Gaming has steadily risen in popularity over the years, moving from a niche scene to a more popular one. Consoles and computer games are not only being mass-produced but are evolving at a fast rate.
The love for single-player games has evolved into the exploration of player versus player team fights. Casual fun has given rise to the need for a more competitive arena now known as eSports. Split-screen multiplayer games with family have turned into games played across continents with strangers.
With online multiplayer games such as Fortnite and Call of Duty skyrocketing in popularity, it’s difficult to avoid the latter scenario of toxicity. After all, as with all things good, gaming also has a toxic side. This tends to be a cause of concern for most parents, especially when their kids still have a ways to go in terms of physical, emotional, and mental development.
Online multiplayer games, after all, are filled with strangers – and not all of them are lurking in these gaming lobbies just to play. Let’s face it: the worst-case scenario is these kinds of people come into contact with your child, and they end up spreading their toxicity, or worse: they end up taking advantage of them.
It’s best to know that this behavior isn’t rampant, common, or inherent in the gaming community, the same way it isn’t within the sports community, but that doesn’t mean it can’t happen. More importantly, this risk should not get in the way of the enjoyment, learning experiences, and genuine friendships your child can encounter while gaming.
Nevertheless, for those of you asking “What are some of the bad behaviors in online gaming?”, here are a few of the risks you should be on the lookout for if your child loves playing online games.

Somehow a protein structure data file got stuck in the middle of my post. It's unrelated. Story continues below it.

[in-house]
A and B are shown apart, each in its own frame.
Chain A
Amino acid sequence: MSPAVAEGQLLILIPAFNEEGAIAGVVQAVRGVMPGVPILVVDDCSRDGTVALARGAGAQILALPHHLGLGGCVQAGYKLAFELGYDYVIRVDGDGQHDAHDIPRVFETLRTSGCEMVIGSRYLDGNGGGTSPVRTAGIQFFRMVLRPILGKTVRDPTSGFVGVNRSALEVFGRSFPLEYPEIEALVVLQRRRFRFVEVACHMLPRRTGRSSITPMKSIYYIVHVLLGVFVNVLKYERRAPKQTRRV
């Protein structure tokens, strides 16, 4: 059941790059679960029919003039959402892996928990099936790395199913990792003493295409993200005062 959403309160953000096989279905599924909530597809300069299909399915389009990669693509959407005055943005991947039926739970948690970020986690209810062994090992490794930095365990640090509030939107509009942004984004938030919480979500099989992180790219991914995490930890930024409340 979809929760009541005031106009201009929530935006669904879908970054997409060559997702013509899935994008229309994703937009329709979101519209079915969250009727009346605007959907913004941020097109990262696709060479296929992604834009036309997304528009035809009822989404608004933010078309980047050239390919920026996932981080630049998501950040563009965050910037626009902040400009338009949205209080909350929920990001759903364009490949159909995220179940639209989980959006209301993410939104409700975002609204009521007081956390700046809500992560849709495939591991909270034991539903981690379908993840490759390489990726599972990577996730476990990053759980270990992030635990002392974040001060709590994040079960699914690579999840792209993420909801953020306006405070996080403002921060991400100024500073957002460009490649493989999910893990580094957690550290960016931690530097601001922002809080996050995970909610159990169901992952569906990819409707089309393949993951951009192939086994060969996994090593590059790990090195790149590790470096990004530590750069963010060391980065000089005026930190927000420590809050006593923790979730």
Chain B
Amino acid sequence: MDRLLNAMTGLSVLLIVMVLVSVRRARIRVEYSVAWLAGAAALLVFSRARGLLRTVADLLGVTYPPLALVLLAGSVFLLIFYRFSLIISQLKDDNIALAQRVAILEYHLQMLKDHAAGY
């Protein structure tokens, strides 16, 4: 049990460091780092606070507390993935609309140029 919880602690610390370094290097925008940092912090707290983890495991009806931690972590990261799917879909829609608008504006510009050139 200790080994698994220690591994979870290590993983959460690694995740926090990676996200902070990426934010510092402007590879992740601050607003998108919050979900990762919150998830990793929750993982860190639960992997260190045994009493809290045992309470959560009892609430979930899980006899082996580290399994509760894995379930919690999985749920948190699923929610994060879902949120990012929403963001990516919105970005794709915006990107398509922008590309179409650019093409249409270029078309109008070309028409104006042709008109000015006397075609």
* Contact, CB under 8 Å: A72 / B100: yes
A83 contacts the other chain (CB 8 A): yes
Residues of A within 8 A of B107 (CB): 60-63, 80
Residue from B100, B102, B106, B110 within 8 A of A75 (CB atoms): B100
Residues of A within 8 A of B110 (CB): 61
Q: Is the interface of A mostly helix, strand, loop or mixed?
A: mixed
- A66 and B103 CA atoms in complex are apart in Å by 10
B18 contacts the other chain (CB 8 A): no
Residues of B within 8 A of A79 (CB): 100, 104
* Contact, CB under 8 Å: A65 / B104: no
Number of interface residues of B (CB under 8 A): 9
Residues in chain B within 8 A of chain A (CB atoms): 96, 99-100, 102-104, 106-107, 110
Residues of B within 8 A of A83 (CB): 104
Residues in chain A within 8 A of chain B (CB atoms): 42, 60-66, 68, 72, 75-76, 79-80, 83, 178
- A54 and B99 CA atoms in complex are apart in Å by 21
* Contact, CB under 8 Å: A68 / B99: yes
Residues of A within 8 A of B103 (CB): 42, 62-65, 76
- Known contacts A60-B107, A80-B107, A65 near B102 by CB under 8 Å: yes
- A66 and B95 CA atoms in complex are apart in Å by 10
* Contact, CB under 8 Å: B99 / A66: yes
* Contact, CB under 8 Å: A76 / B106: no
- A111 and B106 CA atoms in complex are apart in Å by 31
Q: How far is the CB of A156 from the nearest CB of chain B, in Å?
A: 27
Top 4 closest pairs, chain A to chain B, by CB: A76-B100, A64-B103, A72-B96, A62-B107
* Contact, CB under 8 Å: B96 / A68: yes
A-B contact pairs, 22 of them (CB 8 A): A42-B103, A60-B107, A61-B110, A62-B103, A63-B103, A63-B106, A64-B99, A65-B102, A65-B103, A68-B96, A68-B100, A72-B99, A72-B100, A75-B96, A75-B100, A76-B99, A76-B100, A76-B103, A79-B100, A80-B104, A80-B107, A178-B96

“Bro Culture” in Gaming and eSports is Prevalent
Since the beginning, gaming culture has been dominated by male gamers. Today, although the ratio is getting closer to even, there are still more males pursuing gaming than females. To top it all off, a lot of male gamers tend to be aggressive and dominant, to the point that there are even behaviors and language that can make gaming appear to be exclusively for these types of gamers, which can be toxic, especially for female gamers.
This attitude continues to be a risk in nearly every level of online gaming or eSports – from individual players to coaches, all the way to executives at game development companies.
Spotting this kind of behavior with your child is simple. Phrases such as “Fight me noob,” “1v1 me bro,” “Shut up noob, you’re adopted,” and “Girl-gamers aren’t real” are a few examples of how aggressive this subculture within gaming may be.
Although most of the time these phrases are intended as jokes, their misogynistic nature definitely doesn’t make it fun for a lot of individuals. Teaching your child how to say or how to interact with other people online can help them easily ignore this kind of language.
And if your child is a girl, it’s best to add in that both girls and boys can be gamers if they want to. It’s best to just avoid or block the mean “bros.”
Online Gaming Can Create High Levels of Pressure to Perform Well
Since gaming is getting more and more competitive, sometimes there is a lot of pressure to perform well – especially if the game involves a team fight.
Team games require a lot of teamwork and coordination to win, and sometimes, if even one person slips up, it might cost the whole team their victory. This is a huge reason why many players tend to be toxic in competitive environments, which is why it’s best to talk to your kids about receiving negative feedback.